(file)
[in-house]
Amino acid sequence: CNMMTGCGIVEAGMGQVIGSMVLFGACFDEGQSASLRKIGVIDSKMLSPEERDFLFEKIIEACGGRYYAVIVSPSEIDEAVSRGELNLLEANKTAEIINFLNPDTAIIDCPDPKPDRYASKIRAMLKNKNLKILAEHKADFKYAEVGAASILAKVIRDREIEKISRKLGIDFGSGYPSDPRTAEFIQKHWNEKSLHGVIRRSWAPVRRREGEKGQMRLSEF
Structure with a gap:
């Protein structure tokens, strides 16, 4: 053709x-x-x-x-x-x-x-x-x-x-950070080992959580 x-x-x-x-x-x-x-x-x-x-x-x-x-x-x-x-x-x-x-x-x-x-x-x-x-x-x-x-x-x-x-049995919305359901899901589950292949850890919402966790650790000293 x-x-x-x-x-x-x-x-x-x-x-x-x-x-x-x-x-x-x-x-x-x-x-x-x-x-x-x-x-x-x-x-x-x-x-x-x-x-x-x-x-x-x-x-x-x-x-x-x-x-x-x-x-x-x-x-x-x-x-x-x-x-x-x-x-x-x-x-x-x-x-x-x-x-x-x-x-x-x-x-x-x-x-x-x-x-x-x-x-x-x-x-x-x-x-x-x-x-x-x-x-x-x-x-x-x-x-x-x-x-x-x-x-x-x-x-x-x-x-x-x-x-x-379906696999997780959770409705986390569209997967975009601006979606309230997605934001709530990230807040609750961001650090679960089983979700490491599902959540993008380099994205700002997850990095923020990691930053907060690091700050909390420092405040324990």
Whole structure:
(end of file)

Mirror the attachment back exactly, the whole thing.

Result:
[in-house]
Amino acid sequence: CNMMTGCGIVEAGMGQVIGSMVLFGACFDEGQSASLRKIGVIDSKMLSPEERDFLFEKIIEACGGRYYAVIVSPSEIDEAVSRGELNLLEANKTAEIINFLNPDTAIIDCPDPKPDRYASKIRAMLKNKNLKILAEHKADFKYAEVGAASILAKVIRDREIEKISRKLGIDFGSGYPSDPRTAEFIQKHWNEKSLHGVIRRSWAPVRRREGEKGQMRLSEF
Structure with a gap:
């Protein structure tokens, strides 16, 4: 053709x-x-x-x-x-x-x-x-x-x-950070080992959580 x-x-x-x-x-x-x-x-x-x-x-x-x-x-x-x-x-x-x-x-x-x-x-x-x-x-x-x-x-x-x-049995919305359901899901589950292949850890919402966790650790000293 x-x-x-x-x-x-x-x-x-x-x-x-x-x-x-x-x-x-x-x-x-x-x-x-x-x-x-x-x-x-x-x-x-x-x-x-x-x-x-x-x-x-x-x-x-x-x-x-x-x-x-x-x-x-x-x-x-x-x-x-x-x-x-x-x-x-x-x-x-x-x-x-x-x-x-x-x-x-x-x-x-x-x-x-x-x-x-x-x-x-x-x-x-x-x-x-x-x-x-x-x-x-x-x-x-x-x-x-x-x-x-x-x-x-x-x-x-x-x-x-x-x-x-379906696999997780959770409705986390569209997967975009601006979606309230997605934001709530990230807040609750961001650090679960089983979700490491599902959540993008380099994205700002997850990095923020990691930053907060690091700050909390420092405040324990």
Whole structure: